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When you are: July 2008

29 July 2008

Anyway the wind blows...

And the next milestone along the journey of all things vocabulary passes us by this week. Yesterday it started, and it wasn't the usual case of try it once, leave it a while, then come back to it. It was mastered instantly, in context, repeatable, you name it.

So, in the immortal words of one Mr Freddie Mercury, we'll let you in on the secret of the last word.

Is this the real life? Is this just fantasy? Caught in a landslide No escape from reality Open your eyes Look up to the skies and see I'm just a poor boy, I need no sympathy Because I'm easy come, easy go A little high, little low Anyway the wind blows, doesn't really matter to me, to me

Mama, just killed a man
Put a gun against his head
Pulled my trigger, now he's dead
Mama, life had just begun
But now I've gone and thrown it all away
Mama, ooo
Didn't mean to make you cry
If I'm not back again this time tomorrow
Carry on, carry on, as if nothing really matters

Too late, my time has come
Sends shivers down my spine
Body's aching all the time
Goodbye everybody - I've got to go
Gotta leave you all behind and face the truth
Mama, ooo - (anyway the wind blows)
I don't want to die
I sometimes wish I'd never been born at all

I see a little silhouetto of a man
Scaramouch, scaramouch will you do the fandango
Thunderbolt and lightning - very very frightening me
Gallileo, Gallileo,
Gallileo, Gallileo,
Gallileo Figaro - magnifico

But I'm just a poor boy and nobody loves me
He's just a poor boy from a poor family
Spare him his life from this monstrosity
Easy come easy go - will you let me go
Bismillah! No - we will not let you go - let him go
Bismillah! We will not let you go - let him go
Bismillah! We will not let you go - let me go
Will not let you go - let me go (never)
Never let you go - let me go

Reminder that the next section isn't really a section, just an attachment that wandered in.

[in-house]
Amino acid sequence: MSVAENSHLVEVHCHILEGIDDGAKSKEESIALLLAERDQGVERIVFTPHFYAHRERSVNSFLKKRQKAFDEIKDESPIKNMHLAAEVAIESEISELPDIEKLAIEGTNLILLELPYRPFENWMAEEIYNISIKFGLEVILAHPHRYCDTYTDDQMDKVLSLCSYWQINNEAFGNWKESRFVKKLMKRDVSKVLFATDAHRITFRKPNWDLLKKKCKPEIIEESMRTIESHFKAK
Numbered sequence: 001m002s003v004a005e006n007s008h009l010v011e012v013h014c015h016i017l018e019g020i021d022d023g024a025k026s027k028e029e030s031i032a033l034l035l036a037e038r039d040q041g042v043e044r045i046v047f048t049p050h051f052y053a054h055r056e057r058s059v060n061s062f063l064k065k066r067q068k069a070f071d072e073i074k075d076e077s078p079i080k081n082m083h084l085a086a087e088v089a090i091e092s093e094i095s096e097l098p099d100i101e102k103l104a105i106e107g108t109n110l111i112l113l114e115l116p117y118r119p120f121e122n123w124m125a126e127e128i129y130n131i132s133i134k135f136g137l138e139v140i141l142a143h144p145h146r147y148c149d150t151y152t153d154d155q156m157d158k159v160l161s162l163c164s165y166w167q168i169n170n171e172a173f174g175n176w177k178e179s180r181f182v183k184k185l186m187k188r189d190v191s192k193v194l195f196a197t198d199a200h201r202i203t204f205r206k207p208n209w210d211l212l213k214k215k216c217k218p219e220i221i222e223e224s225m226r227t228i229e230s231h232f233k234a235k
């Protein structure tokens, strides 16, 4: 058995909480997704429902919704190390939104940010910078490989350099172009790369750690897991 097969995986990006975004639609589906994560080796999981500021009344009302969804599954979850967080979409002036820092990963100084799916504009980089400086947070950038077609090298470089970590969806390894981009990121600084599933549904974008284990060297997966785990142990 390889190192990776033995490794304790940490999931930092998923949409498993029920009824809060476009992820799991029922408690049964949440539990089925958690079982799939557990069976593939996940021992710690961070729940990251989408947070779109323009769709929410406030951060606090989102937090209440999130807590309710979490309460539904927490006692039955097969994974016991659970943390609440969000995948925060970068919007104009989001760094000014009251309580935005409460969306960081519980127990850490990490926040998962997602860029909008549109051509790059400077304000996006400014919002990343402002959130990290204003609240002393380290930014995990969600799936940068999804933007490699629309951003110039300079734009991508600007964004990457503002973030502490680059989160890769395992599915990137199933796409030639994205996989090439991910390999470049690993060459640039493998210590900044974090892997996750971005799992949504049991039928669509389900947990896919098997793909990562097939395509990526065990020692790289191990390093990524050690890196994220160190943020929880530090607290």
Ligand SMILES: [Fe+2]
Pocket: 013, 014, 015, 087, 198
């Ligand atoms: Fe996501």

Never let me go - ooo

The next line just sums it up. If you don't know your Queen, then shame on you! Shame on you! Shame on you!. And if you don't know how that relates to Al Murray either, Shame on you! Shame on you! Shame on you!

14 July 2008

Logo Recognition

He's not even 2 years old, but he's been sucked in by commercialism already! Am I talking about Thomas the f***ing Tank Engine? No!! Well, I suppose I could be...

In a local hotel yesterday after next door's little girl's christening, and the boy makes a bolt for the door. At reception he finds, at a height, the tourist information leaflets.

And this is where he does show he has somehting of his mother in him - his desire to lift every leaflet.

Anyway, from ground level he points up and shouts "Toot-toot!". Now that's his name for Thomas, and anything trains really. I had a look, I found no train.

"Toot-toot!" again. And again.

But I can't find a train, son.

So I lifted him up and asked him to show Daddy where Toot-toot is. And he pulled out a leaflet. That leaflet was a local park which happens to have a narrow guage railway. All he could see of the leaflet was the park's logo.

"Toot-toot!", he shouted as he pulled the leaflet out. Sure enough, there was a picture of the train just under the logo. He couldn't see the train as it was obscured by the leaflets in the rown in fornt, so he must have recognised the park's logo.

Today the local park, tomorrow Ralph Lauren?

Baby's first...Christening

It had to happen, I don't recall having discussed religion before but here we have it. It had to happen some time, the boy has been to a Christening. In a church, no less.

But, not his own. Why? Well, we're about as religious as Richard Dawkins, though slightly less infuriated by those who do believe in something theologically beyond our own world.

So we see no point in the hypocrisy in having the wee guy christened. If he finds religion later on, then it'll be of his own mind, not that of ours. I hate to see media reports including lines like "muslim children were hurt" - why are they muslim? Because their parents are? Exactly, before they can speak children are given such tags because of their parents. Let them make their own mind up. Ours will.

What the day did bring was a sense of mortality and sadness to me. The wee guy was due his nap, and got really tired, so I nipped out mid-service and grabbed his puschair. We had a walk around the graveyard for the remainder of the service, reading a few of the gravestones. There were so many stories in there. One man was buried with both his wives, a quantity of people there buried their children first, with themselves following sometimes very close behind. Wives departing shortly after husbands, clearly unable to live without them - nobody left to nag, perhaps? There was money too, the big family plots in prominent spaces, edged with carved stones, huge marble stones, occupying multple adjacent plots. The private area walled off at one side, now overgrown as there is nobody left to tend to it.

It becomes very evident reading the memorials that there is no such thing as a "standard life", the only standard life there is in existence is the big financial company based in Edinburgh.

Wonder what will be on their epitaph?

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